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  • Writer's pictureCharles Arrowsmith

Review: Flux by Jinwoo Chong (Washington Post)


In the Back to the Future movie trilogy, Marty McFly travels through time with the help of a Y-shaped gizmo called the flux capacitor. Its function receives only a cursory explanation, but it doesn’t really matter how it works; the movie is less about the mechanics of time travel than the relationship between the past and the present, and the effect we can have on shaping our own destiny. In a conscious echo of the movies, Jinwoo Chong’s ambitious debut novel, “Flux,” also uses a time-traveling premise as a kind of MacGuffin — here, in the service of the author’s interests in memory, nostalgia and the legacy of trauma.


In the first part of the novel, Chong introduces us to three protagonists from different time periods. When we meet Brandon, in the present day, he’s working at a trendy magazine and sleeping with his boss. Twenty-five pages later, he’s lost his job and fallen down an elevator shaft. Blue, some 20 years in the future, is prepping for a TV interview during which he’ll reveal what really happened (“fraud, extortion, later murder”) at a supernova tech company he once worked at. Meanwhile, in the past, a boy named Bo is dealing with the death of his mother, a tragedy for which he blames himself.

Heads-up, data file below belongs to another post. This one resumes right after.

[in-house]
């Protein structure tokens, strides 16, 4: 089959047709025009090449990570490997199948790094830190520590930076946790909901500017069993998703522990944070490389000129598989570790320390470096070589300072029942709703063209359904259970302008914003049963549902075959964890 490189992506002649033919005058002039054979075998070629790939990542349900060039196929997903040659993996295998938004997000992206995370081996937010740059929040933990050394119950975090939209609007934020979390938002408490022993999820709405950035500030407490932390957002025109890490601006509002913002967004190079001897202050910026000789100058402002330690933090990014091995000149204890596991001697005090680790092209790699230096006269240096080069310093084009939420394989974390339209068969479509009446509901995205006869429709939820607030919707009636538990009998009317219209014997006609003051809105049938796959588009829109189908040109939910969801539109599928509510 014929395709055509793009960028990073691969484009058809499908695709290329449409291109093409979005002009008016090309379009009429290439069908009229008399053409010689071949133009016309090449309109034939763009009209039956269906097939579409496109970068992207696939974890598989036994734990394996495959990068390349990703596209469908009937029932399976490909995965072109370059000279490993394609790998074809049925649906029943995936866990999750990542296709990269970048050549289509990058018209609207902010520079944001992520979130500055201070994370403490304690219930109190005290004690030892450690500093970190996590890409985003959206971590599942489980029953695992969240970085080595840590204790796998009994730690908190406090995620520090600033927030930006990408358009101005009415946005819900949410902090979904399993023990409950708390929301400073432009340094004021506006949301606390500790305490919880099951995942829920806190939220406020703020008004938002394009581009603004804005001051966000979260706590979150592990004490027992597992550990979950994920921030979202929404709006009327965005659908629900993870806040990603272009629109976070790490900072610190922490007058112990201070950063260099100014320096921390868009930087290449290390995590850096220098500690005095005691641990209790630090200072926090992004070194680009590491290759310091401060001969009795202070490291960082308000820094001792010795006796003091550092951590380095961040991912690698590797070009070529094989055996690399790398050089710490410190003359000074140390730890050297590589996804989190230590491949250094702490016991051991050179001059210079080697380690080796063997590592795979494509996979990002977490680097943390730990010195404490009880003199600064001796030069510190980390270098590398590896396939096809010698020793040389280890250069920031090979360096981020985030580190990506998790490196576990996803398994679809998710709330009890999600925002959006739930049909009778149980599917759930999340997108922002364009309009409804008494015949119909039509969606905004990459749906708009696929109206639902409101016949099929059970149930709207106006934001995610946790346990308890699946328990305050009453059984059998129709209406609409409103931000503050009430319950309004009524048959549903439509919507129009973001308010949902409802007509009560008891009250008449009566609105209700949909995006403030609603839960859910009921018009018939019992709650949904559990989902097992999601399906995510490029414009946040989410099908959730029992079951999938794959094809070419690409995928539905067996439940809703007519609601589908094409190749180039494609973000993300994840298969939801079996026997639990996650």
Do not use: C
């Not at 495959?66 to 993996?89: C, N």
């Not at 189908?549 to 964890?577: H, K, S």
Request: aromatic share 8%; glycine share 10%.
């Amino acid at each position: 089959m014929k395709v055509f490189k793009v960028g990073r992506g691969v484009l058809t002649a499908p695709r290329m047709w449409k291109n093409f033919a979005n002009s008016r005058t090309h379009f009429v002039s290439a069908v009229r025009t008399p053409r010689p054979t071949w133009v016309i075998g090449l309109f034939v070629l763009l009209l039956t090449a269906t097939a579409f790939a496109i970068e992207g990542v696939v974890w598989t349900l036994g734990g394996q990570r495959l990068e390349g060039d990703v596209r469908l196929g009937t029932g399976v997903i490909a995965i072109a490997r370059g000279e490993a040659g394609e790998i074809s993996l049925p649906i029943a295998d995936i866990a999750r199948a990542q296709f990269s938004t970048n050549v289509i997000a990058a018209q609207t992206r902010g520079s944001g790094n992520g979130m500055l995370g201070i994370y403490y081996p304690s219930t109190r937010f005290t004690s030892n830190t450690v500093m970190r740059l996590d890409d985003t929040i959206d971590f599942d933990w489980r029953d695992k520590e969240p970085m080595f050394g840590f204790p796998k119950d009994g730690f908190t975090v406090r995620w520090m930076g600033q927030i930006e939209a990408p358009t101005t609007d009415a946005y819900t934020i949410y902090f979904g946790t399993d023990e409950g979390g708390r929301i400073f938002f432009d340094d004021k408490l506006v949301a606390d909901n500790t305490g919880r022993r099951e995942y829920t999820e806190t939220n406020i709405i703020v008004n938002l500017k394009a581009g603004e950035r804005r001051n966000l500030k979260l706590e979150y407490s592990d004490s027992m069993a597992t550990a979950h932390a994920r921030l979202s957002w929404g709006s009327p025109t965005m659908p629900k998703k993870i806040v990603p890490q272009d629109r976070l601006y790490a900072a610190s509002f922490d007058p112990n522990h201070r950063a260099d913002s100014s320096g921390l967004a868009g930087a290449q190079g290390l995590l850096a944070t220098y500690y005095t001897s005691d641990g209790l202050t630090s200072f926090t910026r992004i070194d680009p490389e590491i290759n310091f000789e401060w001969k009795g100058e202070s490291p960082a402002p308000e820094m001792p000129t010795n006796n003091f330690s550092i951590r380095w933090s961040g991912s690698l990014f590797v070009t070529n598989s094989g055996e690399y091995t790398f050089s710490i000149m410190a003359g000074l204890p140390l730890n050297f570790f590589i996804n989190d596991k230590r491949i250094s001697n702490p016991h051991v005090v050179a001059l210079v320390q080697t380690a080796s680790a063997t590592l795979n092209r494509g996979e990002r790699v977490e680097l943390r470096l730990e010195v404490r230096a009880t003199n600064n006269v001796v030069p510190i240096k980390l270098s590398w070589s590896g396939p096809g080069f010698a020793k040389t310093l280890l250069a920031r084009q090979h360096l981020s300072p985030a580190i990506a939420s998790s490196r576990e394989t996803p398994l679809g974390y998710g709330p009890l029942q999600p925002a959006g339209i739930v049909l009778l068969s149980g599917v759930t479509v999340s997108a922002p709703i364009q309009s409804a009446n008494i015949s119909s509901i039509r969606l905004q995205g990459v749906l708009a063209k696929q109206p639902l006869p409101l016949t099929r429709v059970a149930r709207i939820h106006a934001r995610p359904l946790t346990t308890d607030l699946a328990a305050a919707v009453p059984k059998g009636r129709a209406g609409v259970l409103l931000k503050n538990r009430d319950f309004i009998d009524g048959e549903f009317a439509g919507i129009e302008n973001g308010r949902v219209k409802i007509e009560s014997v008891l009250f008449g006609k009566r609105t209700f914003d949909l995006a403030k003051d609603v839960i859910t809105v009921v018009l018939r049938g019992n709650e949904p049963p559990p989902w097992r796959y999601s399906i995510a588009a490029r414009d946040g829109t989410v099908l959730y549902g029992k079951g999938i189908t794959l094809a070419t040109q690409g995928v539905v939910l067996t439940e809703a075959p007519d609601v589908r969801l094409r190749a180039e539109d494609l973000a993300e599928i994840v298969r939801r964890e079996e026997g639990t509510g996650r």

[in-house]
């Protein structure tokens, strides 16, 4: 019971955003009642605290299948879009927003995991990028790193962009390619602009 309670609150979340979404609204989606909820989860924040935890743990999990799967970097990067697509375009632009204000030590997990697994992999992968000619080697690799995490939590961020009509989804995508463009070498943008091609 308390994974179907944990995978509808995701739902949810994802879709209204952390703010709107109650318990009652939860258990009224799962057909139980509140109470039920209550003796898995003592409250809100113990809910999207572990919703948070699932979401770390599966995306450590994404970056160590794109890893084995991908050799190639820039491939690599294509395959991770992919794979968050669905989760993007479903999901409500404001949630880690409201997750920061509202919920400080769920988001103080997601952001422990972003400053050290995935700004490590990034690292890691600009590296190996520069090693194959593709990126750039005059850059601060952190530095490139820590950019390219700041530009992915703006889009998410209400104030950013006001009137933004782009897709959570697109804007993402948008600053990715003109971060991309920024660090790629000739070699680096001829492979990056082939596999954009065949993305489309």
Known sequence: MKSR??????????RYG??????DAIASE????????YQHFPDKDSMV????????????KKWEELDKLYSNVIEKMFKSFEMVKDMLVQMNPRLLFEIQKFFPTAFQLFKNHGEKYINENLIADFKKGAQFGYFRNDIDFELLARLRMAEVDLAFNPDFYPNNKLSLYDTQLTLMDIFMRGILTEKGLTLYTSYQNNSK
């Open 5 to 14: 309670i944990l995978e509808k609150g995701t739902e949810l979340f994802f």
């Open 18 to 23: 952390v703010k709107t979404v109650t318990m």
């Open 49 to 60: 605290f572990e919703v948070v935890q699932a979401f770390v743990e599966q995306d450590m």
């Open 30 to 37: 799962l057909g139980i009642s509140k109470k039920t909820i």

For the review in full, visit The Washington Post.

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